In Gun Control

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By Casey Coughlin

Dr. Christopher Koper, a Criminology Professor at George Mason University, has over twenty years of criminological research experience. Throughout his career he has worked with such organizations as the Police Executive Research Forum (PERF), the University of Pennsylvania, the Urban Institute, the RAND Corporation, the Police Foundation and published articles specifically on firearms, policing, federal crime prevention efforts, and various research methods. Dr. Koper was also formerly the Director of Research for the Police Executive Research Forum. For more information on Dr. Koper’s work and a list of publications visit this page.

 

COUGHLIN: What do you think is the most effective aspect of proposed policy change regarding gun control?

KOPER: First of all, some of my research involves looking at different enforcement type issues and the interventions that can be effective there. We have research showing that things like the Focus Deterrence and “Pulling Levers” Approach can be successful. It’s a type of intervention that involves law enforcement, prosecutors, probation and parole officers, social service providers and alike at different levels working together collaboratively to focus their efforts on identifying high risk groups of gun violence and targeting them with a variety of interventions involving enhanced law enforcement, prosecutions, and provision of social services. This was an initiative that was first started in Boston in the 1990s and it has spread around the country. It has become a blueprint for Project Safe Neighborhoods, which is a national federal initiative. There have been a lot of studies of that approach that have shown it is effective in reducing gun violence.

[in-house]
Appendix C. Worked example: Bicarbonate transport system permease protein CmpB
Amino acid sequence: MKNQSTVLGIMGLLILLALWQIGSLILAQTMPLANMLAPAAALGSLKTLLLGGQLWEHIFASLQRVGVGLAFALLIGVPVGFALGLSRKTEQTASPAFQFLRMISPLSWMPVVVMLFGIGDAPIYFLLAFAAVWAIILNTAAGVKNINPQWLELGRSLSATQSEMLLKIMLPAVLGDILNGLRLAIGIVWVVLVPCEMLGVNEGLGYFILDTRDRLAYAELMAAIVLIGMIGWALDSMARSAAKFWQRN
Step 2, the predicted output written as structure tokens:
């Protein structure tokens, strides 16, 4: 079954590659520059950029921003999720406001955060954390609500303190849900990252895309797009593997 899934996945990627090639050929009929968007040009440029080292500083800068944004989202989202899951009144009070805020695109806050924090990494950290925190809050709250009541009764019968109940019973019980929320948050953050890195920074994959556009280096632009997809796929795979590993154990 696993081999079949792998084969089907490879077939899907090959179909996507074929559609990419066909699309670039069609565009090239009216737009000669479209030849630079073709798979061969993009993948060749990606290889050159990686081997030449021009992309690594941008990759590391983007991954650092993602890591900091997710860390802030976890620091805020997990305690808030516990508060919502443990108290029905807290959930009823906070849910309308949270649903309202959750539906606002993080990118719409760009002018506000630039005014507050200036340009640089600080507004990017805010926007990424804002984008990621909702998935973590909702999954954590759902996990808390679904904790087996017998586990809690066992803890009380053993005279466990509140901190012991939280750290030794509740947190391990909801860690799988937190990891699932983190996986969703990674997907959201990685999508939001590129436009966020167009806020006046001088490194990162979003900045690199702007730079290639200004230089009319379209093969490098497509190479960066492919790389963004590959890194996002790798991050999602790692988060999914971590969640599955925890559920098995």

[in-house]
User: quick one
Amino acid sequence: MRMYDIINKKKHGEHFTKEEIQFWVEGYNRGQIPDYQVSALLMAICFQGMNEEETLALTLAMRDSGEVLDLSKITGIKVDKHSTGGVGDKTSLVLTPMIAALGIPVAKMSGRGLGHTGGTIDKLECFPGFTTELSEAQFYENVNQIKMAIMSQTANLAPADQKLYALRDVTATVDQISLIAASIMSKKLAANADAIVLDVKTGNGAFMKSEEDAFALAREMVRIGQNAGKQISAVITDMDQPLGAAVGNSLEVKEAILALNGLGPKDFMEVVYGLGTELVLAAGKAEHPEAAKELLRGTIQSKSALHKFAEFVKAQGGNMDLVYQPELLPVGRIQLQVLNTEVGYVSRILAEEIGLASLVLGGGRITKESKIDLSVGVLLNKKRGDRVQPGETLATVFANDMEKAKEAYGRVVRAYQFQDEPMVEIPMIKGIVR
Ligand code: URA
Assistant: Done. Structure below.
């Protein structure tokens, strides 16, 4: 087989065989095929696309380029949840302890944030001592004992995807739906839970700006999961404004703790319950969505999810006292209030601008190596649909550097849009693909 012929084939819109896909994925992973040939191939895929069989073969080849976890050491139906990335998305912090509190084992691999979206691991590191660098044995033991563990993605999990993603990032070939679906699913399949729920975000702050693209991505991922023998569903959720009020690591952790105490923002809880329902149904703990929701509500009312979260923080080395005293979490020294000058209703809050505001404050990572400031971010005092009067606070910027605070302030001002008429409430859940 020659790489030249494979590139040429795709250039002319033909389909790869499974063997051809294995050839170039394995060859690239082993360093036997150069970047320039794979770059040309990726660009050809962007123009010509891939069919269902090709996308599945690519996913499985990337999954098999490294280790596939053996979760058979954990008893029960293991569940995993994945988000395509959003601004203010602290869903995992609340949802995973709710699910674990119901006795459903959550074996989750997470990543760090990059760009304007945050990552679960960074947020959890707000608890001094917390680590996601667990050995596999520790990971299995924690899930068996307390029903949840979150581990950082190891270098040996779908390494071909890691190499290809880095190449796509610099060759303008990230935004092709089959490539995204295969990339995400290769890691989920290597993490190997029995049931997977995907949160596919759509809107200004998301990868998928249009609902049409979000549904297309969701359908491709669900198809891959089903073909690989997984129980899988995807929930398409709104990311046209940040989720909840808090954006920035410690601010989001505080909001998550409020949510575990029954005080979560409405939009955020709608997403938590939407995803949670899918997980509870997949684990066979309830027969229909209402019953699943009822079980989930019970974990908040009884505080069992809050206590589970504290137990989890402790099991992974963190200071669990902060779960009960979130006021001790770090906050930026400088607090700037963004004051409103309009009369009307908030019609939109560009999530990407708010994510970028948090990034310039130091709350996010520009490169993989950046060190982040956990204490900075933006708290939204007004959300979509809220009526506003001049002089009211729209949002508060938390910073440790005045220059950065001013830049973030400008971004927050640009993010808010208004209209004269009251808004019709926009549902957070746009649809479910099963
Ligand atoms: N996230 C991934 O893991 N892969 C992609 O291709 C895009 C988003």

I would say that the background check for private sales that they were trying to impose in Federal Law has a lot of potential to be effective. In principle, it would make it more difficult for offenders to find someone who would sell a gun to them without forcing them to go through a background check. It should make it harder to find people who will do this and lead to higher prices when they can connect with a seller and alike, so that of the different things [options] on the national level that would probably have the most potential impact.

COUGHLIN: What do you think is the most ineffective aspect of proposed legislation?